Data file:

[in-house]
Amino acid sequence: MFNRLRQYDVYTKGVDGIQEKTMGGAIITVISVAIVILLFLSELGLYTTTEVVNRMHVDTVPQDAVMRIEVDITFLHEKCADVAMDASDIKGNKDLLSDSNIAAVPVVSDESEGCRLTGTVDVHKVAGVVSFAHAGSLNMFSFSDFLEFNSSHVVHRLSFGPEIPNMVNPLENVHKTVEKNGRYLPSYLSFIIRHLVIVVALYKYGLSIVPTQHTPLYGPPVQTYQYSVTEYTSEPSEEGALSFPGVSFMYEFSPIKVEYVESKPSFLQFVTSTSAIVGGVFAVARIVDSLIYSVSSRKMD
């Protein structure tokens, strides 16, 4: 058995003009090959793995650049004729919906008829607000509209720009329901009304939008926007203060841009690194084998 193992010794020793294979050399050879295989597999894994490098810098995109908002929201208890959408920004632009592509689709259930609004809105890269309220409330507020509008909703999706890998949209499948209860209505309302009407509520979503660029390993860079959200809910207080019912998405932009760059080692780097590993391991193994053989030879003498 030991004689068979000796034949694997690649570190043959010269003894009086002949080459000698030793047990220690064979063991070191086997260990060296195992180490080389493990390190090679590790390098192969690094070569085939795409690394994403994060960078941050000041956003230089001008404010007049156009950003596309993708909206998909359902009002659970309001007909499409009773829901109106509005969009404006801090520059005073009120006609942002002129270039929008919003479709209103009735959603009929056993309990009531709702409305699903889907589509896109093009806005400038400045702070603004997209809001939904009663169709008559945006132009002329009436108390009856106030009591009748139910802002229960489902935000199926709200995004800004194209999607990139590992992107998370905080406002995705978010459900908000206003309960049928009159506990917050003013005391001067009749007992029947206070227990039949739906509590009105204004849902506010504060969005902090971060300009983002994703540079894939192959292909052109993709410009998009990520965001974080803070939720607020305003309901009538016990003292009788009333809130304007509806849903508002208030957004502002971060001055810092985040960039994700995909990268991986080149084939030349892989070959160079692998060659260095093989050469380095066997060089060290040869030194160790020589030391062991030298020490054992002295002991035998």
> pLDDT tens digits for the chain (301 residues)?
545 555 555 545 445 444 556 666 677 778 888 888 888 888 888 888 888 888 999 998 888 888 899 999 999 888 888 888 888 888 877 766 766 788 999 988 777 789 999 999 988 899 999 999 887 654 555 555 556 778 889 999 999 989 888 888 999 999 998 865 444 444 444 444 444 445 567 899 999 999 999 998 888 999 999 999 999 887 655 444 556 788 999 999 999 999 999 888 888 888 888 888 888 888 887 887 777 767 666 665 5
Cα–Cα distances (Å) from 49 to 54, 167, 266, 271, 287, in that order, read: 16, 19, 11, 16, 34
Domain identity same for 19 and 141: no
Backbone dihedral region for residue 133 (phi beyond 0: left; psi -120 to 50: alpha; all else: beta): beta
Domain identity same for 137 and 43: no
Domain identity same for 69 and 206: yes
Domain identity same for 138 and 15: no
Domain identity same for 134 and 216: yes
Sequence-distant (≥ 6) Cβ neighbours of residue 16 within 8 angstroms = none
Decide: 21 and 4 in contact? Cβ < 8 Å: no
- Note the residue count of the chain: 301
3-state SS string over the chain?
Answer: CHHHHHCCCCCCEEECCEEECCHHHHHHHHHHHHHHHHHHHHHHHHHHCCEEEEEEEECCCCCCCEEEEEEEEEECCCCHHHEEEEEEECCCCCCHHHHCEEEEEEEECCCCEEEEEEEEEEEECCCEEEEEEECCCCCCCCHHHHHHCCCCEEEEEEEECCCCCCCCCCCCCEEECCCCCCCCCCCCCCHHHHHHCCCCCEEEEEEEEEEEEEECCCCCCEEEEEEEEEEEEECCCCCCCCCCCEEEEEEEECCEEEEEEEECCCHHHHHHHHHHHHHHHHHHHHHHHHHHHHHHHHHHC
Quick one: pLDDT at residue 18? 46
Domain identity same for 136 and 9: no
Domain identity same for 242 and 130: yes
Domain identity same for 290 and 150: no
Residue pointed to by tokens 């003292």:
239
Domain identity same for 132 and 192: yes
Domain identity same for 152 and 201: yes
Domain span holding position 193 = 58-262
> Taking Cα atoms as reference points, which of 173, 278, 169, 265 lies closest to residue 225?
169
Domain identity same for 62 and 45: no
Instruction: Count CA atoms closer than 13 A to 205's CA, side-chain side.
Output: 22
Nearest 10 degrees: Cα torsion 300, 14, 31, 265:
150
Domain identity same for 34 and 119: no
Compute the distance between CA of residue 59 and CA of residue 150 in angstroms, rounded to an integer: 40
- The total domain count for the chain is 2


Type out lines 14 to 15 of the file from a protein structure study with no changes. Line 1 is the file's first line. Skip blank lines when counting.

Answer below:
Decide: 21 and 4 in contact? Cβ < 8 Å: no
- Note the residue count of the chain: 301